What summer farm activities should you be planning to keep your farm or homestead running smoothly?
As Spring turns to summer, it will get hotter out and all of the outside activities seem to head into full swing. Summer is usually a very busy time on a farm.
Here are a few summer farm activities we do every summer:
Taking care of animals
Yes, of course there are animals to take care of all year round. However, summer is when there are a large volume running around outside.
During the summer, we have some baby goats still here who aren’t old enough to go to new homes yet, lots of chicks as we are in full chick hatching season, growout pullets and all of the normal animals. So, outside feeding times usually take much longer during summer.
Other than the animals, gardening is probably where we spend the must time on summer farm activities. We have already finished all the garden planning and transplanted all of your started plants and now it is time for harvesting, weeding and other gardening tasks.
This is a product of gardening. With gardening (hopefully) comes lots of fruits and veggies.
Not only will we be using them for cooking and eating fresh, but many of them will get canned, frozen or preserved in some other manner. We like to make lots of salsa and pickles.
We also like to freeze zucchini and other squash varieties, like spaghetti squash, so that we have a supply to last the whole year. In addition to freezing squash, we also like to freeze blueberries. And all of those additional eggs our chickens are laying and the milk we are getting from the goats that just freshened? We freeze milk and freeze eggs as well!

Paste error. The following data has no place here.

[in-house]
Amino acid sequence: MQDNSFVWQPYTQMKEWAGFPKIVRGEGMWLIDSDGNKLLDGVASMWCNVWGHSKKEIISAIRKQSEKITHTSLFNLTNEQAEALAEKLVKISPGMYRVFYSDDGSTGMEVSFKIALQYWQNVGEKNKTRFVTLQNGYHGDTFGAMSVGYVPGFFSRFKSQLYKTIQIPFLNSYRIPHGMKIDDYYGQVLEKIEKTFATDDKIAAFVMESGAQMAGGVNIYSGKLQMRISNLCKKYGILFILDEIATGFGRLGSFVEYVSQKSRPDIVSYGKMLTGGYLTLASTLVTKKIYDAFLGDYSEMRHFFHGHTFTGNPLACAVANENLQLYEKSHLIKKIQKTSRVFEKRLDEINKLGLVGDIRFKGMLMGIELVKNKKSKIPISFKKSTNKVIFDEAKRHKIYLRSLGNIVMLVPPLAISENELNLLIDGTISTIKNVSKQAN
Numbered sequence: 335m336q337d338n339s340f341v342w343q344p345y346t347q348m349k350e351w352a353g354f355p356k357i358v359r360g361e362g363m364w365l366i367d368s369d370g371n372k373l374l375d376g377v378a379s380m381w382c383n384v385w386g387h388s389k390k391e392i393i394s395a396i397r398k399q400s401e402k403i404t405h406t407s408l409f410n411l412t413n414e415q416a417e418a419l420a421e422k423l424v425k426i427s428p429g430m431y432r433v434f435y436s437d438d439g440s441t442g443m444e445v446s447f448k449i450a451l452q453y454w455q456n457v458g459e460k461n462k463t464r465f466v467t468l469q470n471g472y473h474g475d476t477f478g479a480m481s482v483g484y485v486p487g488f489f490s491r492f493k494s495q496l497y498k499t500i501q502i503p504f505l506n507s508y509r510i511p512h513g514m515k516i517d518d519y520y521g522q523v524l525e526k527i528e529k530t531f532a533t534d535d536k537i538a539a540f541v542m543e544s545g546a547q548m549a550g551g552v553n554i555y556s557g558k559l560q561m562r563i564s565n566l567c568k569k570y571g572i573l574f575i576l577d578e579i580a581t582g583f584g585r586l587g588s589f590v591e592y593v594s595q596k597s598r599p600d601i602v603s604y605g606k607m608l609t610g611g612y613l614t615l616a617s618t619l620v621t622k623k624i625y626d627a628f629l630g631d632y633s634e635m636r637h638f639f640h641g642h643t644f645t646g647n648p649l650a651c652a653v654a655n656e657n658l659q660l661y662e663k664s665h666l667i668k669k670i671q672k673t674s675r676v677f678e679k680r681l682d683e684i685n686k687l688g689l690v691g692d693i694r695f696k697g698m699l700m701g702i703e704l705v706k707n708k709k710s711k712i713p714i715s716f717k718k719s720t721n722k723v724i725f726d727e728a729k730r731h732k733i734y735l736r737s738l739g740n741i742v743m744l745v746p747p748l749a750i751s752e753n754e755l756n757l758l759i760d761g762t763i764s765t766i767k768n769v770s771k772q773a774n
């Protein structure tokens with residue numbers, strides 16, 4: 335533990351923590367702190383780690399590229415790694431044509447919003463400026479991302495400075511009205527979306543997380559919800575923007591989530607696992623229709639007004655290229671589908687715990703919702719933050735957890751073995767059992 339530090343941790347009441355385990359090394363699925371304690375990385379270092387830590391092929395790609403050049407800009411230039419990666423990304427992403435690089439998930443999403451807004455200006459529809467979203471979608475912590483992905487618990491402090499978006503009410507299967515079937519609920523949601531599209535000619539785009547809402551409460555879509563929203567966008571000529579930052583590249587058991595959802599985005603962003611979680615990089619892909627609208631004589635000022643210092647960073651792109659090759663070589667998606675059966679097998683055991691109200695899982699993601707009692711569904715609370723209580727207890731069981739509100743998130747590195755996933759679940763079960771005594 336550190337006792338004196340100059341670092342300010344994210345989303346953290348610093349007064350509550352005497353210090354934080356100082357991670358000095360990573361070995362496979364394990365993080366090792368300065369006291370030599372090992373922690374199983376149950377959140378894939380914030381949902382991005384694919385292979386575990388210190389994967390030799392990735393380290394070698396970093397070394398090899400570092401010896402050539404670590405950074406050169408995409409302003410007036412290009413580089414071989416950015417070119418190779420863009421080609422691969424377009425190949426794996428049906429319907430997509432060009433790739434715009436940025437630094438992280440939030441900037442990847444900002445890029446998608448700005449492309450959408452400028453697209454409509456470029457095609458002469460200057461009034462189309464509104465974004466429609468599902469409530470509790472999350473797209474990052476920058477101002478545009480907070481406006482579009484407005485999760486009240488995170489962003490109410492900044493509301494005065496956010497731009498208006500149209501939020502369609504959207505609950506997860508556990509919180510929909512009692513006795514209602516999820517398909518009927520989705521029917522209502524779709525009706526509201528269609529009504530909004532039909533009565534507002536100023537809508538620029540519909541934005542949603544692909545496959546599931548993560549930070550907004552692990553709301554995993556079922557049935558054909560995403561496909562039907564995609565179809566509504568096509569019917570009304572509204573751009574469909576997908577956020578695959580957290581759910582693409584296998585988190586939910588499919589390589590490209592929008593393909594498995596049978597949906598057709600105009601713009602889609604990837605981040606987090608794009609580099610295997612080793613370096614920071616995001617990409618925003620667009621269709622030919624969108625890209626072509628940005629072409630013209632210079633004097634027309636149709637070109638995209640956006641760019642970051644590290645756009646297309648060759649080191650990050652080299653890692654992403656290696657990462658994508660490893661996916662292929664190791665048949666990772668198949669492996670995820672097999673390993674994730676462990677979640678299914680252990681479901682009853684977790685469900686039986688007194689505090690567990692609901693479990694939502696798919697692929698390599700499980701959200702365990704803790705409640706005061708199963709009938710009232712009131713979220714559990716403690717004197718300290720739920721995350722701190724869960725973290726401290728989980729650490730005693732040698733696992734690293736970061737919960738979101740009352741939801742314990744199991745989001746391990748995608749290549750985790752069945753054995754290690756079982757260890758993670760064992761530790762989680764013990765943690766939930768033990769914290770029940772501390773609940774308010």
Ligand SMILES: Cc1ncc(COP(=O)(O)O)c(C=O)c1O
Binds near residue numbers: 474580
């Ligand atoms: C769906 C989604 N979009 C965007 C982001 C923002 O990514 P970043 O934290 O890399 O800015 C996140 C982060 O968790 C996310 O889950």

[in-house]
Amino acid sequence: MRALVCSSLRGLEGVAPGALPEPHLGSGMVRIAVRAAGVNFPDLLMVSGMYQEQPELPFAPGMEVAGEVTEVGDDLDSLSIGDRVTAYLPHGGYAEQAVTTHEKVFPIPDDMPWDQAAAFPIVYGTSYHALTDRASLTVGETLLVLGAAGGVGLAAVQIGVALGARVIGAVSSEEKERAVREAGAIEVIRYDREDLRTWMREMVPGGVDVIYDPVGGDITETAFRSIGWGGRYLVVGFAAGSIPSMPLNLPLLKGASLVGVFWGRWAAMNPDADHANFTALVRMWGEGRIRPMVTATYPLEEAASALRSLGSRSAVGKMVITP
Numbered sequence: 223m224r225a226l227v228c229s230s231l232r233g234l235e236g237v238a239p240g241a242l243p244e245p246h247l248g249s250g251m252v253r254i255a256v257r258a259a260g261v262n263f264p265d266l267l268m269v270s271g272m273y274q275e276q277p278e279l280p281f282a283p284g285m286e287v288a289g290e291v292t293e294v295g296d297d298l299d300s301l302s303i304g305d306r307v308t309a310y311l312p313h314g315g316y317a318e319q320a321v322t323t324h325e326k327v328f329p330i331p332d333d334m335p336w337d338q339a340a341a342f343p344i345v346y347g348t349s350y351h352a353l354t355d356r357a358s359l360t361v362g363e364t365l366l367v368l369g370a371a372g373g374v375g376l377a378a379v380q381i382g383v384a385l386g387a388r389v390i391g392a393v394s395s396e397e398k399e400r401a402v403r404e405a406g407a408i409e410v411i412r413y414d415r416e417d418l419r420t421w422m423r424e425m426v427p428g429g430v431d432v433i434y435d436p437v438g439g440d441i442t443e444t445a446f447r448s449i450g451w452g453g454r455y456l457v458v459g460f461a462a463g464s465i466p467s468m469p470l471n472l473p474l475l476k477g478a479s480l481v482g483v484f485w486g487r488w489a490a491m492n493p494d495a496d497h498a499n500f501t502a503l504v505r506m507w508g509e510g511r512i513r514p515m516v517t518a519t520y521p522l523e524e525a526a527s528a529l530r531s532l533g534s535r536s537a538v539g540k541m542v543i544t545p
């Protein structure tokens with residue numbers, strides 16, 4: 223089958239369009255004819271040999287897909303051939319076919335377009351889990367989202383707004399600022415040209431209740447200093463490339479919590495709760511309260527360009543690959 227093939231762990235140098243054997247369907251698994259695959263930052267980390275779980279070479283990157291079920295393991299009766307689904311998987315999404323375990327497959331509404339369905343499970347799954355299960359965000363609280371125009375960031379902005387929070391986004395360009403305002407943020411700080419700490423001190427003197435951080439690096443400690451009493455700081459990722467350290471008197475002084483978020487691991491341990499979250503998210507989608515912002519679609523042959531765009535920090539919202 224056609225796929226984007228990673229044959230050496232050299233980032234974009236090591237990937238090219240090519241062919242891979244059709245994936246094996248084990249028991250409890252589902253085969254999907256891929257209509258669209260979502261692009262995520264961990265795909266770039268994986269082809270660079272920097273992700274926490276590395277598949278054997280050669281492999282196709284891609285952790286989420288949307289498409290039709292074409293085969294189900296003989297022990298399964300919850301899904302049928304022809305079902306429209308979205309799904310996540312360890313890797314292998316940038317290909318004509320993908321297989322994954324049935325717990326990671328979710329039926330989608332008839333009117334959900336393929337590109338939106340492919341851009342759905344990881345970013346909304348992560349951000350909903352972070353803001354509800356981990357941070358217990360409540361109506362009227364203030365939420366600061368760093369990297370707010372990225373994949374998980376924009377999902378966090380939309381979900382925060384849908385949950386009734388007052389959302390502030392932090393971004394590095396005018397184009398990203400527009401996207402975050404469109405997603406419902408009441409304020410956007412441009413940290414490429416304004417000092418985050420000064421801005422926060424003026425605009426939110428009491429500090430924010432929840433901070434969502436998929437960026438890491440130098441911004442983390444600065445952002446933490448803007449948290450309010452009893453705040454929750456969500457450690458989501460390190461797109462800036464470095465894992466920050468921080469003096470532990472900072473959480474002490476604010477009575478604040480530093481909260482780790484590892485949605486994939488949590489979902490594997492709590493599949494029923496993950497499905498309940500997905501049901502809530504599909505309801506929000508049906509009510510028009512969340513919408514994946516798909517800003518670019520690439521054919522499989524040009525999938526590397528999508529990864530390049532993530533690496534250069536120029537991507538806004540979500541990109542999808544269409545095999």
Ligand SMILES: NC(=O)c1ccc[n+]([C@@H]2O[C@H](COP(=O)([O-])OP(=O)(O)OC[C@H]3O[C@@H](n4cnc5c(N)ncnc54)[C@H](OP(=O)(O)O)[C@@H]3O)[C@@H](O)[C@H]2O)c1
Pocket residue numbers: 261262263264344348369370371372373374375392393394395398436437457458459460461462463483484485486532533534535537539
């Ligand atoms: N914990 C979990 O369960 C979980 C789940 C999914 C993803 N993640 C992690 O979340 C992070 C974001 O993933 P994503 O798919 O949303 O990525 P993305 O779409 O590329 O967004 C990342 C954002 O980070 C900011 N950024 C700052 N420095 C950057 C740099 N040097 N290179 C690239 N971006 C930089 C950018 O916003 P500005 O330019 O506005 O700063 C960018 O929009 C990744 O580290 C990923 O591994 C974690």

We always try our best to save big, planned out projects for the Fall when things are cooler and a little slower. However, things inevitably need regular maintenance throughout the summer.
With the extra animals around and the gardening supplies being used regularly, things get a lot more wear and tear.
Didn’t we just finish up goat kidding season? Well, yes. But now that all the kids have been on the ground for a few months and are leaving or have left for their new homes, we like to plan ahead.
We usually start breeding our goats in August or September for December or January kids. So, it is important to take a good look at everyone’s strengths and areas of improvement and get the kidding schedule worked out before it is time for the goats to start coming into heat and getting bred.
These are the things we will be working on here this summer.